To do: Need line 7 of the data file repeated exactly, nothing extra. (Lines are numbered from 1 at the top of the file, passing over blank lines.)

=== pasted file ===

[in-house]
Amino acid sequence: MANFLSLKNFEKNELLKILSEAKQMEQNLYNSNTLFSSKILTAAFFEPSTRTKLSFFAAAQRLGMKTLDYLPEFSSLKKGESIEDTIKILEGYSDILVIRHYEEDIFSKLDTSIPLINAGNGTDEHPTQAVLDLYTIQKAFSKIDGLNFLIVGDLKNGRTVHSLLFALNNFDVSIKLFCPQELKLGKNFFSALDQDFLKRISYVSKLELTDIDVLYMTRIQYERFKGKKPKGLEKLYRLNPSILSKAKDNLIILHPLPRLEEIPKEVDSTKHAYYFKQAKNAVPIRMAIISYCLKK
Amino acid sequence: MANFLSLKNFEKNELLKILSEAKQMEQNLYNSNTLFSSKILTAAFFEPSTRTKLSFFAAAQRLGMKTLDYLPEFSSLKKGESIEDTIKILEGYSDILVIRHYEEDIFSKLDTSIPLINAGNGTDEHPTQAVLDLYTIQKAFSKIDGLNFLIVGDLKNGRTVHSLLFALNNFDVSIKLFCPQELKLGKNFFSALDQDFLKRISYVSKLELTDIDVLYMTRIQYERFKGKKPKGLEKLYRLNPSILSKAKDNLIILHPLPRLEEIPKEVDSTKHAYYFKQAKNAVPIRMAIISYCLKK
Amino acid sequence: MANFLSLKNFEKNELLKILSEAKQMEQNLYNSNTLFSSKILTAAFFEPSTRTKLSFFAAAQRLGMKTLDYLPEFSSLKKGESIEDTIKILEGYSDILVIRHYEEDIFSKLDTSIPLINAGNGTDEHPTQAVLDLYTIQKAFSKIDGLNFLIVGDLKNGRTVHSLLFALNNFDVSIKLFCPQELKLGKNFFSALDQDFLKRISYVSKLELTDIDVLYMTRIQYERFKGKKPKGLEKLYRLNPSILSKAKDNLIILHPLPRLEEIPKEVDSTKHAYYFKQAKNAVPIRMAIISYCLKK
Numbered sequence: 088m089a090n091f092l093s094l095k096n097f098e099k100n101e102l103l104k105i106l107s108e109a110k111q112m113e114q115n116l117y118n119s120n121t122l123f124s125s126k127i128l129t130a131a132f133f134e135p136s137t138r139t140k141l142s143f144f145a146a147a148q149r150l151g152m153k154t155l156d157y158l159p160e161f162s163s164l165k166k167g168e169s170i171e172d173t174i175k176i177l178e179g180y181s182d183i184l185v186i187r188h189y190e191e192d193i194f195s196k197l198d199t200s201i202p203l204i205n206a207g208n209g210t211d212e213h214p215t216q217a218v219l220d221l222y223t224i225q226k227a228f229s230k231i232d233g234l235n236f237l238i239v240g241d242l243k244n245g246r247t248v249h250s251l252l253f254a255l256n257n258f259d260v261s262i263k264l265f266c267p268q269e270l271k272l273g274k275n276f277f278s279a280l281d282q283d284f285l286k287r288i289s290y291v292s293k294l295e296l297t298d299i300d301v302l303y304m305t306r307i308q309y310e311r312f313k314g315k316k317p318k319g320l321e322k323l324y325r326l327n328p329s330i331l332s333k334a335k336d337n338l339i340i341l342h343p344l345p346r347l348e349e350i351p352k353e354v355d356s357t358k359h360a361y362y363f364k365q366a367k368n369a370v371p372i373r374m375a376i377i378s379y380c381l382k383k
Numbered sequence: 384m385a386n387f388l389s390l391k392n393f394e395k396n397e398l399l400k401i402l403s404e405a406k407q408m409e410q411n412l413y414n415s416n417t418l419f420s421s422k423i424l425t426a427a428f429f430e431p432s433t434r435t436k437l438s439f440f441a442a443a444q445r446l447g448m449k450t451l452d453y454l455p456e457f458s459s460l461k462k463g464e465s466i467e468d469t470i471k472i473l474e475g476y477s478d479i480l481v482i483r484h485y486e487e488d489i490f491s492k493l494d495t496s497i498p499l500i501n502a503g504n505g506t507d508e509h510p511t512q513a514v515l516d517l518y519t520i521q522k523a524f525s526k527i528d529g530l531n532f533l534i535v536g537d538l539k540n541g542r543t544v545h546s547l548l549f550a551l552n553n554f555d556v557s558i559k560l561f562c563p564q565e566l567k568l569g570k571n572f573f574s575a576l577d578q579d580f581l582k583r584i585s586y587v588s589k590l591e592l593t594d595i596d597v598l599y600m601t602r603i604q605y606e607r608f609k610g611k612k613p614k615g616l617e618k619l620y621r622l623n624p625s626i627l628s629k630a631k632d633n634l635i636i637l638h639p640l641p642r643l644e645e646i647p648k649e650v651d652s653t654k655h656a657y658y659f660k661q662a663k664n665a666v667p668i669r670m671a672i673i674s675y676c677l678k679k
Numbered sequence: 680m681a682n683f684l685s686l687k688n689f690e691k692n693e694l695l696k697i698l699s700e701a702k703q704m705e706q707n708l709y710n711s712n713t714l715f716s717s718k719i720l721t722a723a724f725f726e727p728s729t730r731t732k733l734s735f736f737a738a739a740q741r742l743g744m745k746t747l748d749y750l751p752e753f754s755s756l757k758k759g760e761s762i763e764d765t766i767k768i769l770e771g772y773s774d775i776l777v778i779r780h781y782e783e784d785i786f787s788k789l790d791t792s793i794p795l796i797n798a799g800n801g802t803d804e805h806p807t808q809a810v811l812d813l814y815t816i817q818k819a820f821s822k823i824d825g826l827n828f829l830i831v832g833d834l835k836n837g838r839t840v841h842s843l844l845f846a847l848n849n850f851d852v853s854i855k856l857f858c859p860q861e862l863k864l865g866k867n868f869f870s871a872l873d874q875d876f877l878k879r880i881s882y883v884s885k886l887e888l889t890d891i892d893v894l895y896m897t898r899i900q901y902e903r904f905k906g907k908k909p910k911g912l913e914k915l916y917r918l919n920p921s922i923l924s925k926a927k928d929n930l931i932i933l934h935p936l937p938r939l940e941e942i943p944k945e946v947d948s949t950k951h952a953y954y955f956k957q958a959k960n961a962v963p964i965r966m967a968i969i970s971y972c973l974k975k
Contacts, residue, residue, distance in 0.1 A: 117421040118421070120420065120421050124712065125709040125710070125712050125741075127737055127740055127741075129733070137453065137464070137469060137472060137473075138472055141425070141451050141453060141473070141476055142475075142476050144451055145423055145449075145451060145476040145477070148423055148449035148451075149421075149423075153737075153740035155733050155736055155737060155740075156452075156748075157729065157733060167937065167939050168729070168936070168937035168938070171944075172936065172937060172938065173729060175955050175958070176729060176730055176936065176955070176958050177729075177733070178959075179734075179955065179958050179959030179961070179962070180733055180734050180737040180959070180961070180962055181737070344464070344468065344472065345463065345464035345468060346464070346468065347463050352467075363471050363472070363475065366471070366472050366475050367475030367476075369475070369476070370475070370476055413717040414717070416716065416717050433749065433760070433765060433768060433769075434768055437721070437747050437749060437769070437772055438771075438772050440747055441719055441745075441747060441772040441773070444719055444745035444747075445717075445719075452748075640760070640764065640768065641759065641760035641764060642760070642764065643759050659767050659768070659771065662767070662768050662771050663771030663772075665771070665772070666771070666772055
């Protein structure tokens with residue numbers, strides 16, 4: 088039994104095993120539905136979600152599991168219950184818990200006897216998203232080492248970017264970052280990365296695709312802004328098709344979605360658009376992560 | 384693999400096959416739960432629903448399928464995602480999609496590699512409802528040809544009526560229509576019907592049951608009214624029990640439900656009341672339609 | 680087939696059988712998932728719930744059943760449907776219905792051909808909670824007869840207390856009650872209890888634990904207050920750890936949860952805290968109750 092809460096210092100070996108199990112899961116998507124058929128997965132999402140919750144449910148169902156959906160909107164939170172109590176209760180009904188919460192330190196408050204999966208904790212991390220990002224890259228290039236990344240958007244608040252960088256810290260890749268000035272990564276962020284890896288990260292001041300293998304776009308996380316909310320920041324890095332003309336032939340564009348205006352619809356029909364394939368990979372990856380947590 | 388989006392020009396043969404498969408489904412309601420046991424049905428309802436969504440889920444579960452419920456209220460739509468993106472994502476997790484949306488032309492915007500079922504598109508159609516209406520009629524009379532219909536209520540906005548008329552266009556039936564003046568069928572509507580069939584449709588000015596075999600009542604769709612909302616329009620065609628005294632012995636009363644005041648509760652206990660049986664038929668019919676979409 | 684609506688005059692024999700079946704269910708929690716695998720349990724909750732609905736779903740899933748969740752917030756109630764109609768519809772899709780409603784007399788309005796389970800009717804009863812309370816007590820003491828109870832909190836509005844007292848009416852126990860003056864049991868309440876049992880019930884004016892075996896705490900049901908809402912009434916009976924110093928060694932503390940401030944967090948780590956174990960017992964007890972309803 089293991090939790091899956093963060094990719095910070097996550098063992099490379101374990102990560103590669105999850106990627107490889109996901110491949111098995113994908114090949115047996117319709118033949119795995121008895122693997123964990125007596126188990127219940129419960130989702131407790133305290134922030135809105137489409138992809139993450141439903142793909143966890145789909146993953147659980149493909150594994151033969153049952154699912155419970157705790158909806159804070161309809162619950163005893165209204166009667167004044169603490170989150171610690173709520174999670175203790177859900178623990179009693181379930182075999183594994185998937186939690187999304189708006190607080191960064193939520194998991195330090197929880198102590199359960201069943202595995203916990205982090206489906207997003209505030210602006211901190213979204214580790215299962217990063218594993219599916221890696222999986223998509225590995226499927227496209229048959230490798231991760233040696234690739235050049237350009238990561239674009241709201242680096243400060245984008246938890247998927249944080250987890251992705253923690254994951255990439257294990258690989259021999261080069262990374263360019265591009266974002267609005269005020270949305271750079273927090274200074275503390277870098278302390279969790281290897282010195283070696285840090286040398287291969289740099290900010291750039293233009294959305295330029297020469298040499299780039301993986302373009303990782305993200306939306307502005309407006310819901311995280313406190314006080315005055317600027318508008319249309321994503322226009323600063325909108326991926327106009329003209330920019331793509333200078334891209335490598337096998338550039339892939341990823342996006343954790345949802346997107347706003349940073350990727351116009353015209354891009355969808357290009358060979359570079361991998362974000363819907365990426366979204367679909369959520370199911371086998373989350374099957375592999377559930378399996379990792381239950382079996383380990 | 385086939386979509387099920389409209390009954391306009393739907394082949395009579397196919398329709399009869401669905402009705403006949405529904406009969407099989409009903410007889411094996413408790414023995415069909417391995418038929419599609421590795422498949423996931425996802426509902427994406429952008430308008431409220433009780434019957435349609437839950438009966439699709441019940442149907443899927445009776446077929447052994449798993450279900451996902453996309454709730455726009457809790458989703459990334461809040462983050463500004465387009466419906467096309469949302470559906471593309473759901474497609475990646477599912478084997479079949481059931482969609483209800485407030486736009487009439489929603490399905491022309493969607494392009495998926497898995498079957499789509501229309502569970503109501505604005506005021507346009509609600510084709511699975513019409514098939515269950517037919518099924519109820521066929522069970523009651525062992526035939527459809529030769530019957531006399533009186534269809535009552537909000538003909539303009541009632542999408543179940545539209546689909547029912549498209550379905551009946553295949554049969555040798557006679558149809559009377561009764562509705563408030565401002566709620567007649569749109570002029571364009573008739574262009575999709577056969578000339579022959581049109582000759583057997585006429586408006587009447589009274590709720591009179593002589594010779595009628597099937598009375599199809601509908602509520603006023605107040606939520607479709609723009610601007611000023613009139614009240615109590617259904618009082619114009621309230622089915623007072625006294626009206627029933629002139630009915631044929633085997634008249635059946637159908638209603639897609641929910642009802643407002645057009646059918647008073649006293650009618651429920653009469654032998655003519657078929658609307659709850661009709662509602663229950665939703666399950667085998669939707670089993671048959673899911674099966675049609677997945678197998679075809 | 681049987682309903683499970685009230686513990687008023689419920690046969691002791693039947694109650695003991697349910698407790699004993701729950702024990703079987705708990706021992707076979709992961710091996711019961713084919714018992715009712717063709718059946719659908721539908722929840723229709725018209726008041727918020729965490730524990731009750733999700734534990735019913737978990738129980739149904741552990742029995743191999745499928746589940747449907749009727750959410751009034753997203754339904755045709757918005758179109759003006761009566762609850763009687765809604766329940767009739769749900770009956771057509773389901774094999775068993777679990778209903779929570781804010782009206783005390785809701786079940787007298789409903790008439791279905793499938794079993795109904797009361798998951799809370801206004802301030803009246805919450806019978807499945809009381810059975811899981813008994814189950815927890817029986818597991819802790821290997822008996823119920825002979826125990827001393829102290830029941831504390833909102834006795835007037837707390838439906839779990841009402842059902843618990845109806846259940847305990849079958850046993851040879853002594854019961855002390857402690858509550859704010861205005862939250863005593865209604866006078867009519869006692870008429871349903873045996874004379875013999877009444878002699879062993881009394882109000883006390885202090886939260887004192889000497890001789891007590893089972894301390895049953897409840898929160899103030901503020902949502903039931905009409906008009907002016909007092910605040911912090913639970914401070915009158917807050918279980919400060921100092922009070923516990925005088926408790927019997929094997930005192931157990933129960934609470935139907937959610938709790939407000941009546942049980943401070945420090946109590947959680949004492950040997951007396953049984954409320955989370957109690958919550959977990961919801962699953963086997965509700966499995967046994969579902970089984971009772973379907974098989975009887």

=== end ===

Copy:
Numbered sequence: 680m681a682n683f684l685s686l687k688n689f690e691k692n693e694l695l696k697i698l699s700e701a702k703q704m705e706q707n708l709y710n711s712n713t714l715f716s717s718k719i720l721t722a723a724f725f726e727p728s729t730r731t732k733l734s735f736f737a738a739a740q741r742l743g744m745k746t747l748d749y750l751p752e753f754s755s756l757k758k759g760e761s762i763e764d765t766i767k768i769l770e771g772y773s774d775i776l777v778i779r780h781y782e783e784d785i786f787s788k789l790d791t792s793i794p795l796i797n798a799g800n801g802t803d804e805h806p807t808q809a810v811l812d813l814y815t816i817q818k819a820f821s822k823i824d825g826l827n828f829l830i831v832g833d834l835k836n837g838r839t840v841h842s843l844l845f846a847l848n849n850f851d852v853s854i855k856l857f858c859p860q861e862l863k864l865g866k867n868f869f870s871a872l873d874q875d876f877l878k879r880i881s882y883v884s885k886l887e888l889t890d891i892d893v894l895y896m897t898r899i900q901y902e903r904f905k906g907k908k909p910k911g912l913e914k915l916y917r918l919n920p921s922i923l924s925k926a927k928d929n930l931i932i933l934h935p936l937p938r939l940e941e942i943p944k945e946v947d948s949t950k951h952a953y954y955f956k957q958a959k960n961a962v963p964i965r966m967a968i969i970s971y972c973l974k975k